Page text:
Brooklyn Brothers Beat the Best won the Digital Domain Institute Award for Audience Best Narrative and Michael Weston won Digital Domain Institute Award for Special Mention Male.  The movie will be released in theatres later this year as will the soundtrack album from the movie.  If you get the chance to catch the tour of the title band - you should take it!!  Find out more from The Hollywood Reporter.

I also got to watch them perform the songs LIVE at the Tampa Bay Brewery after the film!!  What a treat!

Another movie that I would recommend is A Bronx Tale by Chazz Palminteri.

Congratulations to everyone involved in Subprime for winning the Florida Governor’s Office Film in Florida Award for Best Florida Prod.  starring our very own Michael Santi and Chris Greene.

Congratulations to Akil Dupont  for winning the Digital Domain Institute Award for Audience Best Short Narrative for Underground - a slave story told through song.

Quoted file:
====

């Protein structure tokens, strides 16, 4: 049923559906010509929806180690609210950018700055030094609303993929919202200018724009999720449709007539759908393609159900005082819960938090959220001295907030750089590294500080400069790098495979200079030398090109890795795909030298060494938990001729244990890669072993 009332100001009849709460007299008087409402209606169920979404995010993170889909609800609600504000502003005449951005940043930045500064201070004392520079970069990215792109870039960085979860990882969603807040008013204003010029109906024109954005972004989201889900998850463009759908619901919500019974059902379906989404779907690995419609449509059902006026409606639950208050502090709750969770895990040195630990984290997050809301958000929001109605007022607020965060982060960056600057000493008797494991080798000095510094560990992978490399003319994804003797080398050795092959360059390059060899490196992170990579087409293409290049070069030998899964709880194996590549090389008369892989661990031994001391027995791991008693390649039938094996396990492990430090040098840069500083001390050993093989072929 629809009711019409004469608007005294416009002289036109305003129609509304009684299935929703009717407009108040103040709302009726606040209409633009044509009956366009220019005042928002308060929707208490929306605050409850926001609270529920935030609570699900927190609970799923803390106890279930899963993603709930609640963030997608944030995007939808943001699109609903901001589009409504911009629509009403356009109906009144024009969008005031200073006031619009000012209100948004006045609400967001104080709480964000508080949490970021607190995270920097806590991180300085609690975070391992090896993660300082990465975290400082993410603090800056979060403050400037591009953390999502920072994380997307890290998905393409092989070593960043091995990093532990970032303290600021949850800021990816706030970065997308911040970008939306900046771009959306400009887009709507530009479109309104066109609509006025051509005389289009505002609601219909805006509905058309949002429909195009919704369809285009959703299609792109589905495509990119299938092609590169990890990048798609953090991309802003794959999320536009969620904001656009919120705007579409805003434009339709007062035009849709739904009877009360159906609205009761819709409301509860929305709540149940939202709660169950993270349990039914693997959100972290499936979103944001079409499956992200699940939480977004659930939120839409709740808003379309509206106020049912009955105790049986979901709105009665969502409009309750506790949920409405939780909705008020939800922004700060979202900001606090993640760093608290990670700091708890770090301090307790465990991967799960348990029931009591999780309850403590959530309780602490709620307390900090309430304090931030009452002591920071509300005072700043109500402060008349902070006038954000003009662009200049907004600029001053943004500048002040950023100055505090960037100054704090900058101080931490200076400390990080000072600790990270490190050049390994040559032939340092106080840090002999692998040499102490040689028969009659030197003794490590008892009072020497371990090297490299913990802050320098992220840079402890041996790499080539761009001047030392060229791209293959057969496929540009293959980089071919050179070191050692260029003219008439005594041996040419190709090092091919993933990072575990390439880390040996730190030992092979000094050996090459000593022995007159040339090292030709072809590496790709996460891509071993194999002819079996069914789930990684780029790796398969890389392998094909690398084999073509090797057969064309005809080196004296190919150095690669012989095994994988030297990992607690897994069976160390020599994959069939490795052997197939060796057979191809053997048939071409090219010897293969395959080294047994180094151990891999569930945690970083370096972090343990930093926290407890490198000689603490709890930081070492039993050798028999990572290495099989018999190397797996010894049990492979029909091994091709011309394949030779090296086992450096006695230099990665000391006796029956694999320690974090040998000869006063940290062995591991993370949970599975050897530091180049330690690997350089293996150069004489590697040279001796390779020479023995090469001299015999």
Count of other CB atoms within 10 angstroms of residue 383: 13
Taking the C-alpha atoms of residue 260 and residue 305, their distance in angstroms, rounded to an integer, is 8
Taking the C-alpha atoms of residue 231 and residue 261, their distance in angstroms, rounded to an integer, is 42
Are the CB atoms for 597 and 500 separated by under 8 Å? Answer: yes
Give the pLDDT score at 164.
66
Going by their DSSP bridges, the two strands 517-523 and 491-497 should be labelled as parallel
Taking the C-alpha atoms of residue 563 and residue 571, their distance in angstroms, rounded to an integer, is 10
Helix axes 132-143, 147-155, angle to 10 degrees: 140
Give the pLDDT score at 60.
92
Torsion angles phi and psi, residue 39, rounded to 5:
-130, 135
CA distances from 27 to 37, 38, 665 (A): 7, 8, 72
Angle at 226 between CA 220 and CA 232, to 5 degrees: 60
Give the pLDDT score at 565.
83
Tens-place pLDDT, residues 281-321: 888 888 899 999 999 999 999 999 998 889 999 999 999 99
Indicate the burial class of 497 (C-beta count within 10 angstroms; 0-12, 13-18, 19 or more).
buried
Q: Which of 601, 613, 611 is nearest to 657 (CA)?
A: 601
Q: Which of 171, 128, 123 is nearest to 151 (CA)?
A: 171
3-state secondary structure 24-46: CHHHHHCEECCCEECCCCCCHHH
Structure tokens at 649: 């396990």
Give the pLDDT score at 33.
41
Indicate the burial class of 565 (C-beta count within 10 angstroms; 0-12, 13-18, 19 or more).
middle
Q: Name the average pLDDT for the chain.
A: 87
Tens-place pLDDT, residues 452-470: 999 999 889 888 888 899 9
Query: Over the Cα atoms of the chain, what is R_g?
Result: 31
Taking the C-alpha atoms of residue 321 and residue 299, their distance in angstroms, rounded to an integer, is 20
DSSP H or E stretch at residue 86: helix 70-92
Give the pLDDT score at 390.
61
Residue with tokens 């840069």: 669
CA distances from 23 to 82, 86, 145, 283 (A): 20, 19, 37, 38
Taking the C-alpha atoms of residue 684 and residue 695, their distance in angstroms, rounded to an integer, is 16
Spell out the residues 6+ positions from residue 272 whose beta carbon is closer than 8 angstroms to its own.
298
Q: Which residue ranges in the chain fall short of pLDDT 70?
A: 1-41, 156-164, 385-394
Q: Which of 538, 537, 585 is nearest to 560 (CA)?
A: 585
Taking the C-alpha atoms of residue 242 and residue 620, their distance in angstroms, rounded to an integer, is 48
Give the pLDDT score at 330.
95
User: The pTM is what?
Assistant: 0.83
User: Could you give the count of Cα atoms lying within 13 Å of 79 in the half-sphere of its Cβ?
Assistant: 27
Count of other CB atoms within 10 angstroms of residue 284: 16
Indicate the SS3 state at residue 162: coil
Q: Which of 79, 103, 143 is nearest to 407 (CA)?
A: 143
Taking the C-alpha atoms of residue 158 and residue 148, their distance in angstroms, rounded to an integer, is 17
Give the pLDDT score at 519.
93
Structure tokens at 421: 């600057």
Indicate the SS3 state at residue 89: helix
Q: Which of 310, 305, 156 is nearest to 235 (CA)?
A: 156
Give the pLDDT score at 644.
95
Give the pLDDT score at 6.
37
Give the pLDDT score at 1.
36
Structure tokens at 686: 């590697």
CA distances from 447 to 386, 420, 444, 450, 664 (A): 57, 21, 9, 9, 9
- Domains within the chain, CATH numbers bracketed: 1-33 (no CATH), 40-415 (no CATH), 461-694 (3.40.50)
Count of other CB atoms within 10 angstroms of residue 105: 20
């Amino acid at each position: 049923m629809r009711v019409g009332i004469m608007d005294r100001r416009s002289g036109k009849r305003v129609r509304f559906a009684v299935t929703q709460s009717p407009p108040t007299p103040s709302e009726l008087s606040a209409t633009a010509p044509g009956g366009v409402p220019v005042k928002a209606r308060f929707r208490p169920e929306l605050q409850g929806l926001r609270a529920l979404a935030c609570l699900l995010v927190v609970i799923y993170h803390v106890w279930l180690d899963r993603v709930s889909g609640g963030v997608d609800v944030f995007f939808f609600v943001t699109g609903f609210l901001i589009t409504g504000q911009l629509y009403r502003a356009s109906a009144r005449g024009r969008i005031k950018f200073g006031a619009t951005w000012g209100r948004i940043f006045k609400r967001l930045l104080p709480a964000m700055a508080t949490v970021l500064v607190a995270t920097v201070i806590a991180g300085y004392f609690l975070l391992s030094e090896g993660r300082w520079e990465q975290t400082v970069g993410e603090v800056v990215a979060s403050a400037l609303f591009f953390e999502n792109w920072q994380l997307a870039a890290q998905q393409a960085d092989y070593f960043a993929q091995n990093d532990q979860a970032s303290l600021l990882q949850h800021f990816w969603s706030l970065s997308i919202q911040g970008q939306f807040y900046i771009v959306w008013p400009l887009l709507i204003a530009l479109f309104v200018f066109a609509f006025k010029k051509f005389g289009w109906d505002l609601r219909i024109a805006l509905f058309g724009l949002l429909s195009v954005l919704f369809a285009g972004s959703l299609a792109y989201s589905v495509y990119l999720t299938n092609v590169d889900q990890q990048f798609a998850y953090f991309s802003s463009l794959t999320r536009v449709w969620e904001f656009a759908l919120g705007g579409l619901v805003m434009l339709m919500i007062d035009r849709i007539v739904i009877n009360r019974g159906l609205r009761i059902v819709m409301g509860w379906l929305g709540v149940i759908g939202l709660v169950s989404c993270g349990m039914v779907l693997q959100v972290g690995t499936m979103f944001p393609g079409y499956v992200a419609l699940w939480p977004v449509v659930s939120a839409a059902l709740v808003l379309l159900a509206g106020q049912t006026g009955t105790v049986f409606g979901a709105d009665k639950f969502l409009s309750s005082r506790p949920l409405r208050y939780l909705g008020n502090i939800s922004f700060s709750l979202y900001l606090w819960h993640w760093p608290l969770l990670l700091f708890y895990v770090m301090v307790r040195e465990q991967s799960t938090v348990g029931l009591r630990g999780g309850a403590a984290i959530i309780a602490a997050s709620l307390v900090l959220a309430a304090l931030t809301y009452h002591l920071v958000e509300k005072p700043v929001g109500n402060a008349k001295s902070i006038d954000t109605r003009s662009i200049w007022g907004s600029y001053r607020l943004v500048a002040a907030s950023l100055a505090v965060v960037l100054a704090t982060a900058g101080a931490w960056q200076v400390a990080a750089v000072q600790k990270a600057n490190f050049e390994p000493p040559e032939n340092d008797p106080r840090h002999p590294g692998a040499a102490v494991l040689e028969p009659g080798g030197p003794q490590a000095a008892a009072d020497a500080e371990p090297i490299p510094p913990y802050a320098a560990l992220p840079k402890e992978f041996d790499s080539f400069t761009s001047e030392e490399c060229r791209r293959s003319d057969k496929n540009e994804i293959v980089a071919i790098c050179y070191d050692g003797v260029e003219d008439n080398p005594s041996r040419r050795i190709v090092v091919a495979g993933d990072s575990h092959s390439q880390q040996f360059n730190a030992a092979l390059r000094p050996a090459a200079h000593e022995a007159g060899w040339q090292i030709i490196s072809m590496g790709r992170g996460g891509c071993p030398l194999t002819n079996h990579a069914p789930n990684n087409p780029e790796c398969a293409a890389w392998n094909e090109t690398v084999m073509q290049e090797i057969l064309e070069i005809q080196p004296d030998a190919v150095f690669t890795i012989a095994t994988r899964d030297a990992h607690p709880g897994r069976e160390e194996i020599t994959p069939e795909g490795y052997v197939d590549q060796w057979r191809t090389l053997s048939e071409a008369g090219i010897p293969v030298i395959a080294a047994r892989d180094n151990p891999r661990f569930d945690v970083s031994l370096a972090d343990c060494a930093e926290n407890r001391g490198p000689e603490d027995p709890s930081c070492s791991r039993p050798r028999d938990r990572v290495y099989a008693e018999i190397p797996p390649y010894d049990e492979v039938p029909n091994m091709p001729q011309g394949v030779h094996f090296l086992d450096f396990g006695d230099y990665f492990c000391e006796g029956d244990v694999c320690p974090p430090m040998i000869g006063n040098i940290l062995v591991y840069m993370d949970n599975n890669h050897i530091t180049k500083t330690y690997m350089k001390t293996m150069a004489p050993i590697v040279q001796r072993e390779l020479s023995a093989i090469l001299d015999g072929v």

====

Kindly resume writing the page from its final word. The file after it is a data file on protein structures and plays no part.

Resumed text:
Have to give a special mention to The Last War  starring local Tampa talent Trish Chaney.

Congratulations are due to Keith David for the Life Achievement Award and to Chazz Palminteri for the Career Achievement Award. They joined the great actor's panel this year along with past award winners Armand Assante and Obba Babatunde.

I also had the pleasure of meeting an amazing inspiration Brook Susan Parker.  To learn more about her incredible journey visit: Above the Noise.

Kudos to Elizabeth Fendrick  and Joseph Restaino along with everyone responsible for putting together this great Film Festival including all the volunteers!

Don't forget to check out my pictures on Facebook!

Thursday, February 16, 2012

Info you can use: Film Production Apps